Multilingual MVC Application With Customized JS Bundles Based on User Language

About

Here, you will learn about multilingual MVC application implementation flow, the creation of customized JavaScript bundles with translated alert messages based on user language, custom HTML helper classes, how to set user language in a cookie based on his login, displaying resource translation values in a form and how to maintain names and values in resource files.

Scenario

You will implement an MVC application to be displayed in various languages based on the user selected language. The form content is being displayed from the resource file based on the name and respective language and it would need to display the alert kind of information from customized bundled JavaScript based on user language whenever the user has done a form submission or input validation and so on.

RoadMap

When implementing the previous sample MVC application, you will learn the following concepts.

  1. Resource File creation with key, value pair combination for required language.
  2. Resource Key value display in a form based on user language.
  3. Cookie implementation in MVC.
  4. Bundling and Minification.
  5. Custom HTML helper class.
  6. Customized Bundle creation.
  7. Translate the JavaScript alert messages into user selected language.
  8. Localized JavaScripts minified and bundled, It helps to increase the performance of form.

Step 1

Create a new project named “MultilingualMVCApp” and choose the template “MVC” then it creates an MVC template project.

Step 2

Add a new application folder named “App_GlobalResources” to maintain the resource files with key/value pair combinations for various languages. Right-click on the Project “MultiLingualMVCApp” and select on “Add” and then select “Add ASP.NET Folder” and then click on “App_GlobalResources” like the following.

 

Step 3

Create a resource file named “Notifications.resx” for the default language English by following the following screenshots. Right-click on the “App_GlobalResources” folder, select “Add” and then click on “Resource file” and specify the name as “Notifications” and then click on the “Ok” button.

 

Click on "Resources File" and provide the name as "Notifications" as shown in the following screenshot.
 
 

In the similar way, create another resource file named “Notifications.fr.resx” under the App_GlobalResources file. After completion of these aforesaid procedure, the Solution Explorer looks like the following.

 

Step 4

In this step, you will add sample resource keys with translation values for English and French languages. For that double click on the “Notifications.resx” file, then the displayed file has three columns named Name, Value and Comments.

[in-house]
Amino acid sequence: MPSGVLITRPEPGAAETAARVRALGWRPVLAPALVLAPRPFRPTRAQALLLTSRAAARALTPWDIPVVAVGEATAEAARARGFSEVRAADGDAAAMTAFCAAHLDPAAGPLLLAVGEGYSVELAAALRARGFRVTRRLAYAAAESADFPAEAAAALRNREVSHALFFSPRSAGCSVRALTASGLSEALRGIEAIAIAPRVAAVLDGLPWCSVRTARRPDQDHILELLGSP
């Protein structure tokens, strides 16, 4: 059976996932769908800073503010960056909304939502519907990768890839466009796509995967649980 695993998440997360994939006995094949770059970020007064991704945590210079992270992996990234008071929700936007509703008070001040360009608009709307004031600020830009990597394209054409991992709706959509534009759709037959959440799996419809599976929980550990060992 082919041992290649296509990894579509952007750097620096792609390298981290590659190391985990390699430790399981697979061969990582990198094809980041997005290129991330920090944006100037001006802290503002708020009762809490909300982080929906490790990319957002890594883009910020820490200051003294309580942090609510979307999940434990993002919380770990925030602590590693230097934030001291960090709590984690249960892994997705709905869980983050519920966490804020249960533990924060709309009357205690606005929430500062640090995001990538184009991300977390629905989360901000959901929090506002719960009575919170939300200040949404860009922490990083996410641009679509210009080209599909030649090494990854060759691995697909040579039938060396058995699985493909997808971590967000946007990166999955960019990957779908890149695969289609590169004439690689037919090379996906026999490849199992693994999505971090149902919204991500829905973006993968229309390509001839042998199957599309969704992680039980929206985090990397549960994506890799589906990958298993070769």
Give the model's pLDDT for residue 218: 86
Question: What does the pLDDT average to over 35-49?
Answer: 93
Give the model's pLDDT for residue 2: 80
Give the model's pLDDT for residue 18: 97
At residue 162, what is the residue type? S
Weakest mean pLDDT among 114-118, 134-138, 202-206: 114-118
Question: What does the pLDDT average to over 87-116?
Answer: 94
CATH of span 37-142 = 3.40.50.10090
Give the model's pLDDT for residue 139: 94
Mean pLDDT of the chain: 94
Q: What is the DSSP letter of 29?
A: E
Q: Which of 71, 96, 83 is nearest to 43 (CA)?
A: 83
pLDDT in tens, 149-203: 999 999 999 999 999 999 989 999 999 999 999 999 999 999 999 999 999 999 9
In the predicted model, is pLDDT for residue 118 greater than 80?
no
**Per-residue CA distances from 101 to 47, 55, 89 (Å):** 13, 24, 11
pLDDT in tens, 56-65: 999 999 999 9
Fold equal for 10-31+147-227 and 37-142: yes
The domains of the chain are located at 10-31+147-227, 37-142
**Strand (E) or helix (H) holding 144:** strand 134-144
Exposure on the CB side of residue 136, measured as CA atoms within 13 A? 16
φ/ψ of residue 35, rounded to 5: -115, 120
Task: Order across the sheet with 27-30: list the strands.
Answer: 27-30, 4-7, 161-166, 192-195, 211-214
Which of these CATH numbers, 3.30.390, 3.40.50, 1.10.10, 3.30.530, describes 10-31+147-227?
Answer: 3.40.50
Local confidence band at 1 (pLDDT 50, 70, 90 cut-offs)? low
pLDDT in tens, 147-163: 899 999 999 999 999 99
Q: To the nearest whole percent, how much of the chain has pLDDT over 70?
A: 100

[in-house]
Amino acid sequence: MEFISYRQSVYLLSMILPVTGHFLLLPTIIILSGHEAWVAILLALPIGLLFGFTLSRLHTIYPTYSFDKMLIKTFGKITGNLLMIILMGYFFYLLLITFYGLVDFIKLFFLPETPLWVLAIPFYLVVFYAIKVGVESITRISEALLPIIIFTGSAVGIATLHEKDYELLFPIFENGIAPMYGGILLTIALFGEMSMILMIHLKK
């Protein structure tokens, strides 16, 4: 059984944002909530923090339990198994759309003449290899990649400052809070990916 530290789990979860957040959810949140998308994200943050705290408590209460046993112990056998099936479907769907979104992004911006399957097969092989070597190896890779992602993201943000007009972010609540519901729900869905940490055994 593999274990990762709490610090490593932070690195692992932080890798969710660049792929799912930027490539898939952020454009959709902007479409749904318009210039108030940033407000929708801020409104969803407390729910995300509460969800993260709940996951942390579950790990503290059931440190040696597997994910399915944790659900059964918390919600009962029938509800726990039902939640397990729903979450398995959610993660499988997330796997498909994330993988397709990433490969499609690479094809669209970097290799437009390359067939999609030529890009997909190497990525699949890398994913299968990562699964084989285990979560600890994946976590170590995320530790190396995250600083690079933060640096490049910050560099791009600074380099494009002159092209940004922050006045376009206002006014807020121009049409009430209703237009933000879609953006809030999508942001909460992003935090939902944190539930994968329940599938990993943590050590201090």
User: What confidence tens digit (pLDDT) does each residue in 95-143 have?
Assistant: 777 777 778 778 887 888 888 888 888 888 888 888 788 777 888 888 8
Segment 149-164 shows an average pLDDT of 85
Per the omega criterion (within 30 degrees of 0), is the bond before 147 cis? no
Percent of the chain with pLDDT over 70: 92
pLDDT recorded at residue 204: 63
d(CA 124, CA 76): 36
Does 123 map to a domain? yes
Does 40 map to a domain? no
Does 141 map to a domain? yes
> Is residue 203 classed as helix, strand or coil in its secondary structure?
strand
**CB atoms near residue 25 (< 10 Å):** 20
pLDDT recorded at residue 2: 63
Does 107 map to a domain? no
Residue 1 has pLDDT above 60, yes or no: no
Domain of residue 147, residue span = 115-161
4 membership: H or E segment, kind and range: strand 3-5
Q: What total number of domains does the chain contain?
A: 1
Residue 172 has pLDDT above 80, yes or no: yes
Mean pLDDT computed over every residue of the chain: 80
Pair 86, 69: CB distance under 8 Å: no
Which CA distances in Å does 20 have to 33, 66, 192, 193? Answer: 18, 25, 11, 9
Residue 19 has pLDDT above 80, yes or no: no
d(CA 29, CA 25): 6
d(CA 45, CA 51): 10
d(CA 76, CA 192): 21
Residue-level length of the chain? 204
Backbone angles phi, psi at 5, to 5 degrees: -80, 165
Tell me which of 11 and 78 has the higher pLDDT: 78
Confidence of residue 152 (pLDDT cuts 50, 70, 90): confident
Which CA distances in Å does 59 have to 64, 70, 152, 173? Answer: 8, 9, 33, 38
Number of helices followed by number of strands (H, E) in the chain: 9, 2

Name: This name field is treated as the Resource Key value and it should be unique in the file and not be empty.

You can now enter the sample key and respective values as shown in the following screenshot for the default language (English).

 

In the same way, you can add the same key values, whichever were specified in the “Notifications.resx” with respective translated values for the French language in the “Notifications.fr.resx” file is as follows.

 

Note: Here, I have used the Google translator to translate the sample English content to French content.
 
In the same way, you can add various resource files for different languages as said and you can add multiple resource types to the resx files (like strings, images, icons and so on) based on your needs.


Step 5

You can now create one controller named “DemoController” with the following procedure.  Right-click on the “Controllers” folder and select the “Add” option and click on the “Controller” link.

Click on the "Controller.." link and select the option “MVC 5 Controller – Empty” and then click on the “Add” button.

Then, specify the name as “DemoController” then click on the “Add” button.

Now, the controller is created with the default action named “Index” like the following.

 

Step 6

Add a view to the Index action method by right-clicking on the View function and click on “Add View” and then click on the Ok button. The following screenshots help you do that.

 

Click on "Add View..." then it opens a popup like the following.


Now, click on the "Add" button and then it will create an Index.cshtml file.

Step 7

Replace the existing design with the following design format that contains a sample form to enter the user name, select the user preferred language and the submit button.

  1. @{  
  2.     ViewBag.Title = "Index";  
  3. }  
  4.   
  5. <h2>Demo</h2>  
  6. <div>  
  7.     @using (Html.BeginForm("Index", "Demo", FormMethod.Post))  
  8.     {  
  9.         <label>Enter User Name</label>  
  10.         <input type="text" name="txtName" placeholder="Guest"   
  11.                class="form-control" />  
  12.         <br/>  
  13.         <label>Select Language:</label>  
  14.         <select name="ddlLanguage" class="form-control">  
  15.             <option value="en">English</option>  
  16.             <option value="fr">French</option>  
  17.         </select>  
  18.         <br />  
  19.         <input type="submit" name="Submit" class="form-control" />  
  20.     }  
  21. </div>  
Now, build the application (F6) and run the application (F5) with the following URL (http://localhost:49624/Demo/Index) then the displayed form looks like the following. 

 

Step 8
 
In this step, write a piece of code for the post action of the submit button to set the user language code in the cookie, the user name in the TempData object (that helps to send data from one controller request to another) and then redirects to the home page.
  1. [HttpPost]  
  2.  public ActionResult Index(FormCollection collection)  
  3.  {  
  4.      TempData.Add("LoggedInUser", collection["txtName"]);  
  5.      string language = collection["ddlLanguage"];  
  6.      SetCulture(language);  
  7.   
  8.      return RedirectToAction("Home");  
  9.  }  
  10.   
  11.  /// <summary>  
  12.  /// Set the culture based on culture code and set the